PARIS -- By almost any measure, Dacia has been a success story for Renault Group.
After buying a majority stake in the Soviet-era Romanian brand in 1999, Renault used Dacia as a launching pad for its Logan project -- a no-frills small car that undercut the competition by thousands of dollars. Even now, the base Sandero small car is less than 11,000 euros.
Dacia has sold 7.5 million cars since the Logan's launch in 2004, and this year is the third-best-selling brand to private buyers in Europe. Its "design to cost" formula, which relies on frugal use of existing Renault-Nissan Alliance technology and low wage production in Romania and Morocco, has led to margins that handily outpace the group’s namesake brand, although Renault does not disclose exact figures.
Now, Renault is recalibrating the Dacia formula. "Unbelievably low prices" is out, and "best value for money" is in.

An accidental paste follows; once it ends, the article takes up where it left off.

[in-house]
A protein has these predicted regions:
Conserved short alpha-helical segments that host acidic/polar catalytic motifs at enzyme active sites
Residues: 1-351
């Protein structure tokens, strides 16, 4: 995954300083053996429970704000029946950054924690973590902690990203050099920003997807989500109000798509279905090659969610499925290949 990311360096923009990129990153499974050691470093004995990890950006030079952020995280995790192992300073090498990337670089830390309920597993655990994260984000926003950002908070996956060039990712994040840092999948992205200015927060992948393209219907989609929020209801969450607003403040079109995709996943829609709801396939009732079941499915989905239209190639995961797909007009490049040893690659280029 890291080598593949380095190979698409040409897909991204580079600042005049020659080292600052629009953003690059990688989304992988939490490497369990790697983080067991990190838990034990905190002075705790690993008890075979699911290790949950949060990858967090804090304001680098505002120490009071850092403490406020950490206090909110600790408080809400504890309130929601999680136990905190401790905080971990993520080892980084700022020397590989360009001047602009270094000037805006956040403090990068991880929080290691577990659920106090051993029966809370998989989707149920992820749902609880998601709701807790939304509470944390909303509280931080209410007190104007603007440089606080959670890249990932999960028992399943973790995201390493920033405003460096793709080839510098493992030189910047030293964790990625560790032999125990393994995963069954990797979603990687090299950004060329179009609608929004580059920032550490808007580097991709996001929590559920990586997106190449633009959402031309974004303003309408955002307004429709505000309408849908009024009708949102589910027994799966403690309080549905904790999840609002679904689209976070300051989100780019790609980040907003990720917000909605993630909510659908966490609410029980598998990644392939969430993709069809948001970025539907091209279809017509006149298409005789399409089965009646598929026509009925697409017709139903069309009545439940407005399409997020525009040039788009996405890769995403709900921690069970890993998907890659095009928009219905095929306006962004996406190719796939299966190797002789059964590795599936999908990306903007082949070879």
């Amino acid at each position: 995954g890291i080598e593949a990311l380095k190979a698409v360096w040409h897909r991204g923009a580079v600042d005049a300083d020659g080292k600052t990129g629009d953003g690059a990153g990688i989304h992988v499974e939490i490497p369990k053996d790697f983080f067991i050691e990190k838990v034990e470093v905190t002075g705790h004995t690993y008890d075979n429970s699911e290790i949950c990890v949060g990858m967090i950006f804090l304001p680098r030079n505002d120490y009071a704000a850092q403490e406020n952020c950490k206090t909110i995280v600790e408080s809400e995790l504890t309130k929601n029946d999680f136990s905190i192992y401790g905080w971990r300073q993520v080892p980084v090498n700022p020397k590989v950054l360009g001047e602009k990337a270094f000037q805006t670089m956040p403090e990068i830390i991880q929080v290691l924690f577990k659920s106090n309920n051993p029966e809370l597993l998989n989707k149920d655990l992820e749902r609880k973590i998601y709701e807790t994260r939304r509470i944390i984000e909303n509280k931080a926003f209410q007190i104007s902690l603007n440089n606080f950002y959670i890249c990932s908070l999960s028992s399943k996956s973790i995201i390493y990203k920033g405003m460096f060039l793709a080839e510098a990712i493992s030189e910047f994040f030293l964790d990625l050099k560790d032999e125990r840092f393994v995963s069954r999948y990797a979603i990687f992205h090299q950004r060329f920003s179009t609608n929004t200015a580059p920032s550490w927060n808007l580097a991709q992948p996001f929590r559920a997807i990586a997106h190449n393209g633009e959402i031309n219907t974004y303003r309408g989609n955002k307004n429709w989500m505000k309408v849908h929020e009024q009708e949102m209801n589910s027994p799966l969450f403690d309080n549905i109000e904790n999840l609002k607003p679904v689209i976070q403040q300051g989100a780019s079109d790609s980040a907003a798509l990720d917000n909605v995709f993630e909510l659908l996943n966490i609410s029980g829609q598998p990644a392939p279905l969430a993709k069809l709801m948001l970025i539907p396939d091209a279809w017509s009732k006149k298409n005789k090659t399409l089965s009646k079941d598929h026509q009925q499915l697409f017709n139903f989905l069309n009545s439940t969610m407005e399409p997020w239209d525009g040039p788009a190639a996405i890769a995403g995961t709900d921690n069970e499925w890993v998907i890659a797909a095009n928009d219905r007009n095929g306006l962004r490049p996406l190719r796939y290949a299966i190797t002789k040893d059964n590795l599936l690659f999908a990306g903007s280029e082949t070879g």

“It’s not ‘low cost.’ We are concentrating on the essentials,” sales and marketing chief Xavier Martinet said Tuesday at a media event outside Paris.
That might seem like a subtle shift, but Dacia executives say it reflects a move across all socioeconomic groups to be more careful consumers, given concerns about climate change and sustainability, inflation and energy costs, and the coronavirus pandemic.
Dacia has thrived in the past year, which has been marked by the semiconductor shortage and economic uncertainty. The Sandero, the brand's best seller, ranked second in the small car segment in the first half of 2022, according to figures from Dataforce, and was the only model in the top 10 to register a sales gain.
Dacia increased its market share to 4 percent in the first half from 2.9 percent in 2021, according to industry lobbying group ACEA. Overall sales were up 18 percent, the most of any volume automaker, according to ACEA.
A move into the compact segments away from small cars, which started this year with the launch of the Jogger seven-seat crossover, will increase the brand’s pool of potential buyers to 13 million from about five million, brand CEO Denis Le Vot said.